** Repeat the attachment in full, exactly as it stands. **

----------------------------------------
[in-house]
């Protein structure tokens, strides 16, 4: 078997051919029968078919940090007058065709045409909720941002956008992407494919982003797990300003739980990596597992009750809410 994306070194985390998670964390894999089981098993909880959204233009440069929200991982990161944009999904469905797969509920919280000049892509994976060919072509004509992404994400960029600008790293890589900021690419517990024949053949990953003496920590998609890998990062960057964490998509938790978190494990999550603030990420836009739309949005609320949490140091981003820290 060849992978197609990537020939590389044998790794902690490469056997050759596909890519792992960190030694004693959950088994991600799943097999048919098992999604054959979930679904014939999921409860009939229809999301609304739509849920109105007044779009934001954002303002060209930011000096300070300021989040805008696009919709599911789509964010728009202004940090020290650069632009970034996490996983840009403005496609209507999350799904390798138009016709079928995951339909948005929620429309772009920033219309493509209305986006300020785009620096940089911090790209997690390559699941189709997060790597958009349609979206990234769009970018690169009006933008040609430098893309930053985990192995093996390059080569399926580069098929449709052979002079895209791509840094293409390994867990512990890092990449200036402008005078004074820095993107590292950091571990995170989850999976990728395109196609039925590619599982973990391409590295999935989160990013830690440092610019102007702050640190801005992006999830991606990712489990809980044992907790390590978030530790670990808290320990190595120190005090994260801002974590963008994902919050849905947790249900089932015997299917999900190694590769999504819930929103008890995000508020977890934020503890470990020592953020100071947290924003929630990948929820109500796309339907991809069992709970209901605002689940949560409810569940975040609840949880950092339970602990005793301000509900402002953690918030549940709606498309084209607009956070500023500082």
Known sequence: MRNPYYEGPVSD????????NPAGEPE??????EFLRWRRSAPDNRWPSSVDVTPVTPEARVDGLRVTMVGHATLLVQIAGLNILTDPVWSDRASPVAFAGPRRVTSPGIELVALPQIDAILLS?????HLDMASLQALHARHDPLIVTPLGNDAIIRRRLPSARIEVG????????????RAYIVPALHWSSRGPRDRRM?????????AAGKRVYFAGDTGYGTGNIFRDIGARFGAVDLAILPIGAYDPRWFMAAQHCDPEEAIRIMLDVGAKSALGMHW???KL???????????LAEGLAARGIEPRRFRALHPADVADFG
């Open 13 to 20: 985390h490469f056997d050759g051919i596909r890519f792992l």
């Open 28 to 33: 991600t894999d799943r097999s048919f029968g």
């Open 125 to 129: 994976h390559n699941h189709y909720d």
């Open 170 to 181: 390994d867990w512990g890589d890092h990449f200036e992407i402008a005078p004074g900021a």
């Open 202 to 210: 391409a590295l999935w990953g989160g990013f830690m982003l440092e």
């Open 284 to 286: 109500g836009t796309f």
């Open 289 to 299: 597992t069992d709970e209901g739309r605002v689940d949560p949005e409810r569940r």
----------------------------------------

[in-house]
């Protein structure tokens, strides 16, 4: 078997051919029968078919940090007058065709045409909720941002956008992407494919982003797990300003739980990596597992009750809410 994306070194985390998670964390894999089981098993909880959204233009440069929200991982990161944009999904469905797969509920919280000049892509994976060919072509004509992404994400960029600008790293890589900021690419517990024949053949990953003496920590998609890998990062960057964490998509938790978190494990999550603030990420836009739309949005609320949490140091981003820290 060849992978197609990537020939590389044998790794902690490469056997050759596909890519792992960190030694004693959950088994991600799943097999048919098992999604054959979930679904014939999921409860009939229809999301609304739509849920109105007044779009934001954002303002060209930011000096300070300021989040805008696009919709599911789509964010728009202004940090020290650069632009970034996490996983840009403005496609209507999350799904390798138009016709079928995951339909948005929620429309772009920033219309493509209305986006300020785009620096940089911090790209997690390559699941189709997060790597958009349609979206990234769009970018690169009006933008040609430098893309930053985990192995093996390059080569399926580069098929449709052979002079895209791509840094293409390994867990512990890092990449200036402008005078004074820095993107590292950091571990995170989850999976990728395109196609039925590619599982973990391409590295999935989160990013830690440092610019102007702050640190801005992006999830991606990712489990809980044992907790390590978030530790670990808290320990190595120190005090994260801002974590963008994902919050849905947790249900089932015997299917999900190694590769999504819930929103008890995000508020977890934020503890470990020592953020100071947290924003929630990948929820109500796309339907991809069992709970209901605002689940949560409810569940975040609840949880950092339970602990005793301000509900402002953690918030549940709606498309084209607009956070500023500082």
Known sequence: MRNPYYEGPVSD????????NPAGEPE??????EFLRWRRSAPDNRWPSSVDVTPVTPEARVDGLRVTMVGHATLLVQIAGLNILTDPVWSDRASPVAFAGPRRVTSPGIELVALPQIDAILLS?????HLDMASLQALHARHDPLIVTPLGNDAIIRRRLPSARIEVG????????????RAYIVPALHWSSRGPRDRRM?????????AAGKRVYFAGDTGYGTGNIFRDIGARFGAVDLAILPIGAYDPRWFMAAQHCDPEEAIRIMLDVGAKSALGMHW???KL???????????LAEGLAARGIEPRRFRALHPADVADFG
């Open 13 to 20: 985390h490469f056997d050759g051919i596909r890519f792992l």
């Open 28 to 33: 991600t894999d799943r097999s048919f029968g």
């Open 125 to 129: 994976h390559n699941h189709y909720d």
């Open 170 to 181: 390994d867990w512990g890589d890092h990449f200036e992407i402008a005078p004074g900021a």
């Open 202 to 210: 391409a590295l999935w990953g989160g990013f830690m982003l440092e």
């Open 284 to 286: 109500g836009t796309f």
């Open 289 to 299: 597992t069992d709970e209901g739309r605002v689940d949560p949005e409810r569940r």